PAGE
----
Of Cabbages and Kings: Losses and Gains
Babies require an enormous amount of diapers, furniture, diapers and accessories, diapers and love and diapers, not to mention a retinue of four (in this case) caretakers. Baby Harper is joy unlimited. Auntie Antoinette says Harper is a better play-toy than any doll. Grandma Dee seldom lets Harper leave her arms. I never miss an opportunity to take my turn with my great granddaughter. Add in another Great Grandma, a Grandpa and an Uncle, and the sum total is a child well loved.
Mother Jessica sometimes looks at us wistfully, yet I know from experience she is glad to have us take over for a few days. Unfortunately, for our new momma, her hands will be full once she returns home to Washington. Our collective job is to spoil the child and we are successful. A gain.
A loss and gain all in one: I lost a little girl granddaughter Antoinette, soon to be ten, and gained a young lady, poised, responsible, thoughtful, helpful. It is hard to believe one year’s time could make such a difference.
Since Grandma Dee Dee had a training in Miles City, we gals tagged along. Baby Harper needed diapers, wipes and formula. Grandma drove to Wal-Marche and bought diapers, baby wipes, formula, onsies, jumpers, hair barrettes and clips for all the girls, snacks, and enough related items to fill the cart to overflowing.
Since Auntie Antoinette wanted to cruise the aisles of the Dollar Store, Mom decided to also load up on items for a school lesson meant to teach that once words are spit out, they cannot be returned. She needed twenty five containers of items such as toothpaste. Like our words, once out of the container, it cannot be forced back in. She ended up with thirty one extra items which had nothing to do with why she went into the store.
Nobody is immune. Mom said Antoinette could have three bottles of glittery nail polish. Once home, mysteriously, seven bottles fell from the bag. Antoinette shrugged and lifted her arms in the universal open position indicating, “no idea how that happened”.
Once placed within the warm and dark confines of a suitcase, stuff breeds. Proliferation is not limited to certain specific stuff. Anything and everything is vulnerable to multiplication. How did I get three extra pair of shoes? I only brought the pair I wore. From whence came two jeans, linen pants, cotton capris and that white blouse. Why three pants and only one blouse? And the paperwork? Receipts, notes, addresses, old mail, napkins. Napkins? I didn’t put napkins in here. Did I? Why?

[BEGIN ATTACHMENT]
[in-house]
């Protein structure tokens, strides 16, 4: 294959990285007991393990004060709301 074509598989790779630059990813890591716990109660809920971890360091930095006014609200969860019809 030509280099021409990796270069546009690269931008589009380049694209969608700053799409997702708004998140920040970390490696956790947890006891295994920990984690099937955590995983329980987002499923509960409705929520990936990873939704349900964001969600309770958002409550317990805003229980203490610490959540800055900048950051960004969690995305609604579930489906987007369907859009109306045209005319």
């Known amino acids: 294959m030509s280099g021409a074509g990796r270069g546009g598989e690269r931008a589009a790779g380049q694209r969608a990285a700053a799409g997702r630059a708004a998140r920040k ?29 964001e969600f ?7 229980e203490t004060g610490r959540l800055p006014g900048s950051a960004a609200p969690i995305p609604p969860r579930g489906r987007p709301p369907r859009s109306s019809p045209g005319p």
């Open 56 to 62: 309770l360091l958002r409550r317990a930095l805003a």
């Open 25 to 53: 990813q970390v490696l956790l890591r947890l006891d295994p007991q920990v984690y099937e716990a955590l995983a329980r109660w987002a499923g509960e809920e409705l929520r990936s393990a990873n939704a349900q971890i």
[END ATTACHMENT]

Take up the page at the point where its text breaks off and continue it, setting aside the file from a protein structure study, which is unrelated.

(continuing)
And why four, no five, kinds of lotion? I know I started my trip with one small bottle plus my all-purpose Bag Balm which I take everywhere. (The three necessities of life—Bag Balm, duct tape and W-D 40.) I just counted a large jar of hand cream and three extra bottles of lotion. This is the second week of my trip. I live in fear. I started my trip with a (one, singular) set of nail care products. I now have three. One would think I lavish my nails with care. No, my poor nails are subject to benign neglect. I try to remember to trim them once every couple weeks. Otherwise, they are on their own.
My eye-hurtful fuchsia luggage is unmistakable. It is undeniably ugly but easy to find on a baggage carousel. The poor, much traveled, beat and battered thing is exploding at the seams. It was more or less fine when I left. Now it is coming apart in three places. I have wrapped it in duct tape for one more train trip, one more flight.
If my battered bag explodes en route I shall pretend it is not mine. I’ll turn my head and swear I’ve never seen it before in my life while walking away from the mess at full speed. I’ll begin fresh with a new piece of discreet luggage and wait for it to mysteriously fill on its own by mitosis or budding or fragmentation or some such.
HDN: Looking out my back door
August 20, 2015